Issue--Advanced digital interfaces create barriers that prevent blind individuals from independently and safely operating medical devices that are essential to their daily healthcare needs.
Home-use medical devices are becoming more prevalent and less accessible for blind Americans. The rapid proliferation of advanced technology is undeniable. Most newer models of class II and class III medical devices, such as glucose and blood pressure monitors, along with the emergence of in-home devices that offer medical care options, such as chemotherapy treatments and dialysis, require that consumers interact with a digital display or other interfaces. This new technology has been and continues to be developed and deployed without nonvisual accessibility as an integral part of the design phase, which creates a modern-day barrier. The inaccessibility of these devices is not a mere inconvenience; if accessibility for blind consumers is omitted from the medical technology landscape, the health, safety, and independence of blind Americans will be in imminent danger.
Advancements in medical device technology have the potential to transform how people live in society but are currently designed for those with no functional limitations.1 This flaw in product design limits options for blind Americans who need nonvisual access to critically important devices that help them to maintain their health and are available to people without disabilities.2
Nonvisual access is achievable, as demonstrated by a number of mainstream products. Apple has incorporated VoiceOver (a text-to-speech function) into all of their products, making iPhones, Macbooks and Mac desktops, and iPads fully accessible to blind people right out of the box. Virtually all ATMs manufactured in the United States are accessible, and every polling place is required to have a nonvisually accessible voting machine. Frequently, a simple audio output or vibrotactile feature can make a product fully accessible at little to no additional cost for manufacturers.
Current disability laws are not able to keep up with advancements due to the expeditious evolution of medical technology and its incorporation into class II and class III medical devices. Although the Americans with Disabilities Act and other laws require physical accessibility for people with disabilities (e.g., wheelchair ramps, Braille in public buildings), no laws protect the blind consumer’s right to technology such as class II and class III medical devices. The National Council on Disability concluded that accessibility standards lag behind the rapid pace of technology, which can interfere with technology access.3 This trend of inaccessibility will continue if accessibility solutions are ignored. Only a fraction of medical device manufacturers have incorporated nonvisual access standards into their product design, while others continue to resist these solutions.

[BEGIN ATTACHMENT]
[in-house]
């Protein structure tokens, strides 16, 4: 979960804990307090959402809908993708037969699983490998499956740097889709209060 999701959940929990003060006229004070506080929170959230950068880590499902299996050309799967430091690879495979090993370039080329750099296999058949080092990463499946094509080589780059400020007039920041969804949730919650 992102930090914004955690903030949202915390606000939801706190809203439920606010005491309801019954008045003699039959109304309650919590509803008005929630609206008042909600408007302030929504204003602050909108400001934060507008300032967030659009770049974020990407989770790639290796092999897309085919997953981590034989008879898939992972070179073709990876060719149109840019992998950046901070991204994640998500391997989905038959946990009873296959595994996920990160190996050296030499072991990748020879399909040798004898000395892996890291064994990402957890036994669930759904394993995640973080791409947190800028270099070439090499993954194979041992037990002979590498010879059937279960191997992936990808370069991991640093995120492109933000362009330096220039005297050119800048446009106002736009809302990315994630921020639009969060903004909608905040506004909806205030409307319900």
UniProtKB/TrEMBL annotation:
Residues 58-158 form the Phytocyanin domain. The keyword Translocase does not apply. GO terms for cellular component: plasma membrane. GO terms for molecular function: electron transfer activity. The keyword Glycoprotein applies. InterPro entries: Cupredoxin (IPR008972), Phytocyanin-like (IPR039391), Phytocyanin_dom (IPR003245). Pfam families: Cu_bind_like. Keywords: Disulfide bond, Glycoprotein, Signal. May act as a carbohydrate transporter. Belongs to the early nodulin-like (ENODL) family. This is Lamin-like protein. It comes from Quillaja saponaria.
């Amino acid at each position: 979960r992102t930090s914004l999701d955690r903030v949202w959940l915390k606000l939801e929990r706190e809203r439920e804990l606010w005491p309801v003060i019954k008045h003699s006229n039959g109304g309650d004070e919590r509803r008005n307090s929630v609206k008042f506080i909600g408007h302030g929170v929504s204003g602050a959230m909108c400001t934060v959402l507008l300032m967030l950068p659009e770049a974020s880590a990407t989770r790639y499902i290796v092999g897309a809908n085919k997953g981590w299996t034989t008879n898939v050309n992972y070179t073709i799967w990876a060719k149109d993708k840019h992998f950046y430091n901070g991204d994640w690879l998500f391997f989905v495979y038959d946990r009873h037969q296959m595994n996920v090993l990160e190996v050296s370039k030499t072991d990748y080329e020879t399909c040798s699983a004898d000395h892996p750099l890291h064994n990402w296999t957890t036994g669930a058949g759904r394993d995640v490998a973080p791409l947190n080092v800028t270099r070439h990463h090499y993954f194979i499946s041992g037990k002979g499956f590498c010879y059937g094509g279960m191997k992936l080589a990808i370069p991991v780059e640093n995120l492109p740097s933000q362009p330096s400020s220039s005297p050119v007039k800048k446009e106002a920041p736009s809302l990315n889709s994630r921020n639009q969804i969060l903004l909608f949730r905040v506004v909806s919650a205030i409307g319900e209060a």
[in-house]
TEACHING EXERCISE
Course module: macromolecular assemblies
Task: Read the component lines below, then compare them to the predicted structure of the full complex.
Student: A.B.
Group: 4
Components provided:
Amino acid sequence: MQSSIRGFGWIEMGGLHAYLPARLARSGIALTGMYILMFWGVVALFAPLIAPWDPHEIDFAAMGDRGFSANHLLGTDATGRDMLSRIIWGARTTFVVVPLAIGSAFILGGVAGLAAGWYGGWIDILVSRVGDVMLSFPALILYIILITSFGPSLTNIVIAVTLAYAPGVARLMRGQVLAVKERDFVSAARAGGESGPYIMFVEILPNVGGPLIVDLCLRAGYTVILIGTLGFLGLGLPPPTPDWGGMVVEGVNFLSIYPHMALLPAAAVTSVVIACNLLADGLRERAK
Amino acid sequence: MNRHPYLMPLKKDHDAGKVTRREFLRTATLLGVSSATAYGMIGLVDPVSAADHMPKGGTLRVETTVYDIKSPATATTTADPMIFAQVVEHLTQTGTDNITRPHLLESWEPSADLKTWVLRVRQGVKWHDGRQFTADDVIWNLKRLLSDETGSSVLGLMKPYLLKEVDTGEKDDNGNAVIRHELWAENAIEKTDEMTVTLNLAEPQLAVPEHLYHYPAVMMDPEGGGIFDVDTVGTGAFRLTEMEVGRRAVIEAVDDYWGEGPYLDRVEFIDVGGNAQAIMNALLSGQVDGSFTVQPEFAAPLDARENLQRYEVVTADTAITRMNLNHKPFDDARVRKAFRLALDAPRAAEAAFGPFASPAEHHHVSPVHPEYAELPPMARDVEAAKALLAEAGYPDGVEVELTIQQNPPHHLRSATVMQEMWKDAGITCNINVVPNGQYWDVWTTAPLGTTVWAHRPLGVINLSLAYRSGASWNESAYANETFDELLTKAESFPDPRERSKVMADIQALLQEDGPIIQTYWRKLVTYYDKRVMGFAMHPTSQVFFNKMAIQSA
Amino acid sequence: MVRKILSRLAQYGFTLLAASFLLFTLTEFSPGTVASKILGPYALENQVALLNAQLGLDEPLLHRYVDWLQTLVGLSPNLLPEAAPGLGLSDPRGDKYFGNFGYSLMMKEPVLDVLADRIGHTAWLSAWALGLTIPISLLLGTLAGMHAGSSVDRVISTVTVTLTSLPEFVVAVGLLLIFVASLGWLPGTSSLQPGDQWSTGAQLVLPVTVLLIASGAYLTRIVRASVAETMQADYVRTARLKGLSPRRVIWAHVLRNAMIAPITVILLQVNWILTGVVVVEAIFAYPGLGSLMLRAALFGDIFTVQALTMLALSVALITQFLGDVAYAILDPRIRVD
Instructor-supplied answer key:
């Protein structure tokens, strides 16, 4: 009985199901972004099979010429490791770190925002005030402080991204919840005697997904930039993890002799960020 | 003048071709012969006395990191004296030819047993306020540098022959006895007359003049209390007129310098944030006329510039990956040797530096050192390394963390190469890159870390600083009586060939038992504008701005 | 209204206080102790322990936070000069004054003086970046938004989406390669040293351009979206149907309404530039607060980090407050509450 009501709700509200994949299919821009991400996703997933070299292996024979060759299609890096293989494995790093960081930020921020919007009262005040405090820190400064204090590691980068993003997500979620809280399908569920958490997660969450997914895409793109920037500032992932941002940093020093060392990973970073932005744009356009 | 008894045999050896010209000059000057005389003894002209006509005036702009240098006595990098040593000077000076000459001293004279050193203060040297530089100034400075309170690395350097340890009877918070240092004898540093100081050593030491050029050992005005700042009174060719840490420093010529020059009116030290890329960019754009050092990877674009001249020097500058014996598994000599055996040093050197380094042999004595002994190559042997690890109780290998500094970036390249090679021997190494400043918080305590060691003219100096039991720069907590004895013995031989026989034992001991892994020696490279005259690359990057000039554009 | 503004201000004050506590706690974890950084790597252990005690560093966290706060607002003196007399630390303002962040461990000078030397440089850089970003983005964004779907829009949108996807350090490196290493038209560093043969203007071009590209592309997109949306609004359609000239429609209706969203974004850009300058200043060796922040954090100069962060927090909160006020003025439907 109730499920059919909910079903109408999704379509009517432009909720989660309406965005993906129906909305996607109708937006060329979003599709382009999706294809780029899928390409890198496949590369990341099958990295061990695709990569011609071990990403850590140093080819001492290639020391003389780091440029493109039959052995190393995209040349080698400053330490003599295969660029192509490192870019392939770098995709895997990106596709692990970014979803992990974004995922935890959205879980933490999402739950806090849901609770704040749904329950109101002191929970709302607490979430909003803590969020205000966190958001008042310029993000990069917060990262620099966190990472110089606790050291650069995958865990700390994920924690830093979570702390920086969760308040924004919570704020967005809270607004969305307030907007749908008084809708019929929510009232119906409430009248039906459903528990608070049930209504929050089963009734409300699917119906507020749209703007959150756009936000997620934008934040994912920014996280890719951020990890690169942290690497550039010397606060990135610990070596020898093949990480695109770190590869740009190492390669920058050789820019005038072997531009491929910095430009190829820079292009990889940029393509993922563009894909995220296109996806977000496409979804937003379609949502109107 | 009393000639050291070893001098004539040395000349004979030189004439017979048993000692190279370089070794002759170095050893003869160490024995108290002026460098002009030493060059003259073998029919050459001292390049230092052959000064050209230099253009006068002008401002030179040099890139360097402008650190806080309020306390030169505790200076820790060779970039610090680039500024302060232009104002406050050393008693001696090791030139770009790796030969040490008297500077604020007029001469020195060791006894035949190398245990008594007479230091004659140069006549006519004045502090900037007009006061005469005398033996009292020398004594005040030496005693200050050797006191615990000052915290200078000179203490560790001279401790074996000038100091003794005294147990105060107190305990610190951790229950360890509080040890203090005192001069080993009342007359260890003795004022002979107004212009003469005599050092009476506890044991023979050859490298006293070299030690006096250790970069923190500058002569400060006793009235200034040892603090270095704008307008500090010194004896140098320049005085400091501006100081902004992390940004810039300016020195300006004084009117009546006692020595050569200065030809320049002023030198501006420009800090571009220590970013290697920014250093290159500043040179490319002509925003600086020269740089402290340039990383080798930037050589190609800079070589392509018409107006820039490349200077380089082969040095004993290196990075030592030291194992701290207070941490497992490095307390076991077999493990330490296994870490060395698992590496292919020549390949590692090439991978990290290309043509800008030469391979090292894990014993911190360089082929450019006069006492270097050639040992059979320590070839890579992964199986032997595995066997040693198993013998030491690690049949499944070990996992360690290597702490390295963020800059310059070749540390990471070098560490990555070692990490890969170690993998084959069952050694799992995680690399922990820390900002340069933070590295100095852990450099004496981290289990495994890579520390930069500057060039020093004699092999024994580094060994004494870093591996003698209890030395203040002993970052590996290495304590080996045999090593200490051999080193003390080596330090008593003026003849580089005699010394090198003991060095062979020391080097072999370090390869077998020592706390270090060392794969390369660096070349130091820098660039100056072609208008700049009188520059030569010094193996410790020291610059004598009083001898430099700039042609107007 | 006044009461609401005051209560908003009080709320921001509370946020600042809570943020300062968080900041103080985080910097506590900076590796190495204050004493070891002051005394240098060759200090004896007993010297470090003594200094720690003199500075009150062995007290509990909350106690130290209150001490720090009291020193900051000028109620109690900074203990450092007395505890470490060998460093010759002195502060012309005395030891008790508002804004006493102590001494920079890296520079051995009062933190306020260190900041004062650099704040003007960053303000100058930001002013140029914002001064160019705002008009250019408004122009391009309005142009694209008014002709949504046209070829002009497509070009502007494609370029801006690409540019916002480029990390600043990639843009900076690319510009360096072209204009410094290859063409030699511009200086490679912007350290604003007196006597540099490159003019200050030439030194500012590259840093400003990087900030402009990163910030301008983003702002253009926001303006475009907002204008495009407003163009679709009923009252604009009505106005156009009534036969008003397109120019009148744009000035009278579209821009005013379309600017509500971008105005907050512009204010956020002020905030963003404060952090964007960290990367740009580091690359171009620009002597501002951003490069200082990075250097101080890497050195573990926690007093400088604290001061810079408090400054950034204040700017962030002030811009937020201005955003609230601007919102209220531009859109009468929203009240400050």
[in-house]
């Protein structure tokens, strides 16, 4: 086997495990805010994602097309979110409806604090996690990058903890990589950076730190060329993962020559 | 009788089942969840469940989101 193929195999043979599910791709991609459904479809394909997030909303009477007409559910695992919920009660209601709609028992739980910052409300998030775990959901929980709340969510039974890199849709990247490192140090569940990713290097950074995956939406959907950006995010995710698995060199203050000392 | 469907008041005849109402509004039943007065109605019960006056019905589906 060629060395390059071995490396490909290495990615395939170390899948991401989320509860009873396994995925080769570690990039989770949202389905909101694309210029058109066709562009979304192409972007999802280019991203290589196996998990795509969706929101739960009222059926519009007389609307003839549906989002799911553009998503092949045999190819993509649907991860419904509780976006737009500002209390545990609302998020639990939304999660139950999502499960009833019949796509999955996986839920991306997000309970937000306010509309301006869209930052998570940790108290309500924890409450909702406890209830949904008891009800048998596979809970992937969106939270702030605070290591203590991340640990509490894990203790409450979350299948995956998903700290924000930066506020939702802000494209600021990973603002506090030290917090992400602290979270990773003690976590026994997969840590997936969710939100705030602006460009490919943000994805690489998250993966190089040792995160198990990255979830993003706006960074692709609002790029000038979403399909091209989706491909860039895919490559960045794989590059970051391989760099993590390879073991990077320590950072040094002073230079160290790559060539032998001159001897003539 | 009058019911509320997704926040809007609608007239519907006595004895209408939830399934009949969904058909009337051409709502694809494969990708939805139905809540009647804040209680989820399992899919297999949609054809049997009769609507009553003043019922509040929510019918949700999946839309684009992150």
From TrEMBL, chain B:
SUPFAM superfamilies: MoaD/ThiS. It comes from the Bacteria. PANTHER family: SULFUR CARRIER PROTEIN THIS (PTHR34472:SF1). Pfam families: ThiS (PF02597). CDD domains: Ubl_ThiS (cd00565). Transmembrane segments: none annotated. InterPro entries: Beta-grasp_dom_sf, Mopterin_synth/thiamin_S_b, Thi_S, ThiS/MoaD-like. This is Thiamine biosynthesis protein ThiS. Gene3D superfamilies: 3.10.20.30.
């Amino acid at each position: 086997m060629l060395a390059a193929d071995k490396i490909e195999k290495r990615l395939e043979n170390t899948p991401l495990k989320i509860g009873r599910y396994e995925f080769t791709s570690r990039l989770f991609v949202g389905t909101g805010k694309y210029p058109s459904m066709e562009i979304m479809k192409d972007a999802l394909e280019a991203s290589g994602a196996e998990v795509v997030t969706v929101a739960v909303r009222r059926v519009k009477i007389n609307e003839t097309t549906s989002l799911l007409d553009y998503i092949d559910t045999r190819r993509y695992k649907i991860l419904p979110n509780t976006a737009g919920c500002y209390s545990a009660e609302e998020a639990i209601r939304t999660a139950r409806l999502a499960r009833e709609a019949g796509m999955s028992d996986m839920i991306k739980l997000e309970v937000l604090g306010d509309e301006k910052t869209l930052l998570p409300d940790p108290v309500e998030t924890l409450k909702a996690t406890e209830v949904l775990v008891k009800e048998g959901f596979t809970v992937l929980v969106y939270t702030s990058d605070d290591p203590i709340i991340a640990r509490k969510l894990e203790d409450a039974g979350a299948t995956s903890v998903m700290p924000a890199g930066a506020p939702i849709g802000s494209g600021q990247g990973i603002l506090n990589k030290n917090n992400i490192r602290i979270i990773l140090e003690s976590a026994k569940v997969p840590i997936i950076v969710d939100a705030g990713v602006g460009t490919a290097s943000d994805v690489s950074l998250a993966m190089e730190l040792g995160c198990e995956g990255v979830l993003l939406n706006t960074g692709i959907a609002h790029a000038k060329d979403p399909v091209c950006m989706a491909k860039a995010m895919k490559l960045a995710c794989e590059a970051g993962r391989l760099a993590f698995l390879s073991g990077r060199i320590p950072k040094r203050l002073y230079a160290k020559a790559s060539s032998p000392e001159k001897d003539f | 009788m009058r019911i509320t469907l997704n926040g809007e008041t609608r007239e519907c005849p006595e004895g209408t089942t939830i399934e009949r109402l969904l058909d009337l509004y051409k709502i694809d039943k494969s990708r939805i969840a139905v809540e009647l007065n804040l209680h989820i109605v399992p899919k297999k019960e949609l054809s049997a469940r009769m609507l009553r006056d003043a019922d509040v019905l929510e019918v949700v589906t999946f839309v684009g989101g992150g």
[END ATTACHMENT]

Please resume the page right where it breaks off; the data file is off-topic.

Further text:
Solution--Medical Device Nonvisual Accessibility Act:
Calls on the Food and Drug Administration (FDA) to promulgate nonvisual accessibility standards for class II and class III medical devices. The FDA will consult with the Architectural and Transportation Barriers Compliance (Access) Board and manufacturers and issue a notice of proposed rulemaking no later than one year after the date of enactment of the act. No later than two years after the date of enactment of the act, the FDA will publish the final rule including the nonvisual accessibility standards.
Requires manufacturers of medical devices categorized as class II or class III to make their products nonvisually accessible. Manufacturers will have twelve months following the publication of the final rule to ensure that all class II and class III medical devices they produce are nonvisually accessible.
Authorizes the FDA to enforce the nonvisual access standards for class II and class III medical devices. Any manufactured device found to be out of compliance, whether by a public complaint to the FDA or by an independent FDA investigation, will incur the same penalties as failing to meet the same safety standards as other medical devices in this category.
GOAL--END UNEQUAL ACCESS TO CLASS II AND CLASS III MEDICAL DEVICES FOR BLIND AMERICANS.
Cosponsor the Medical Device Nonvisual Accessibility Act today!
To cosponsor H.R. 4853, please contact Gidget Benitez in Representative Schakowsky’s office by emailing [email protected] or by calling 202-225-2111.
For more information, contact:
John Pare, Executive Director for Advocacy & Policy, National Federation of the Blind
Phone: 410-659-9314, extension 2218
Email: [email protected]
1 See NATIONAL COUNCIL ON DISABILITIES, National Disability Policy Progress Report: Technology that enables access to the full opportunities of citizenship under the Constitution is a right at 19 (October 7, 2016), available at https://ncd.gov/progressreport/2016/progress-report-october-2016.